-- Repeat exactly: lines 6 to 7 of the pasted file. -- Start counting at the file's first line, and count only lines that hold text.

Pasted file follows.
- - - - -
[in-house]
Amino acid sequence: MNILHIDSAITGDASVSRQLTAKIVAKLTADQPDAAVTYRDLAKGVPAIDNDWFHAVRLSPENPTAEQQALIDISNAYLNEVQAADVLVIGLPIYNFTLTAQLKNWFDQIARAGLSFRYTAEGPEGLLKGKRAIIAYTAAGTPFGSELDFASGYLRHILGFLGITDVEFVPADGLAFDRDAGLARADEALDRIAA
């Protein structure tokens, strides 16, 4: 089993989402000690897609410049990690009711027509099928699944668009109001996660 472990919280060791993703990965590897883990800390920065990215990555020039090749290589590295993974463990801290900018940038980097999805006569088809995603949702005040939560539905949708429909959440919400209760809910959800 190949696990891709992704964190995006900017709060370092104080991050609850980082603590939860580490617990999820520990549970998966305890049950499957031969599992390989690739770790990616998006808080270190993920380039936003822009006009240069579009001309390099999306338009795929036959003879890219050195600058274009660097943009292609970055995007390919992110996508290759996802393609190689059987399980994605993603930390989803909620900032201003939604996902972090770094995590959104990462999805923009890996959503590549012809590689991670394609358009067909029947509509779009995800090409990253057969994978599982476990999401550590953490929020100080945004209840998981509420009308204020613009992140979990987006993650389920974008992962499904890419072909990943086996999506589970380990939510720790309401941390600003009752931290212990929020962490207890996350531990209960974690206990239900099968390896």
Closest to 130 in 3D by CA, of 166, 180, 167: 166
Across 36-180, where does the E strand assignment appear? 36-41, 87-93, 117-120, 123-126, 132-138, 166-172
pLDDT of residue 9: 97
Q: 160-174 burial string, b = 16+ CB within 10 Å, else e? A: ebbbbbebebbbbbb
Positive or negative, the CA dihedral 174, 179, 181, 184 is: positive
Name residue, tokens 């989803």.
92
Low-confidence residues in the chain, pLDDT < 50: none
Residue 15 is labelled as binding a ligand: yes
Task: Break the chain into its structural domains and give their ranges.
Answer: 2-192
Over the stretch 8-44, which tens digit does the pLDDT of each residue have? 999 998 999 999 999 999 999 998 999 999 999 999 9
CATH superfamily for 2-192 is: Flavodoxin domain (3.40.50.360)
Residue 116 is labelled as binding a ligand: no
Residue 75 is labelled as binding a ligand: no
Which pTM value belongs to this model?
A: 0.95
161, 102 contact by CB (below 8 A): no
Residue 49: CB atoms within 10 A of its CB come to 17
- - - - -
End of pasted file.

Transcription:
pLDDT of residue 9: 97
Q: 160-174 burial string, b = 16+ CB within 10 Å, else e? A: ebbbbbebebbbbbb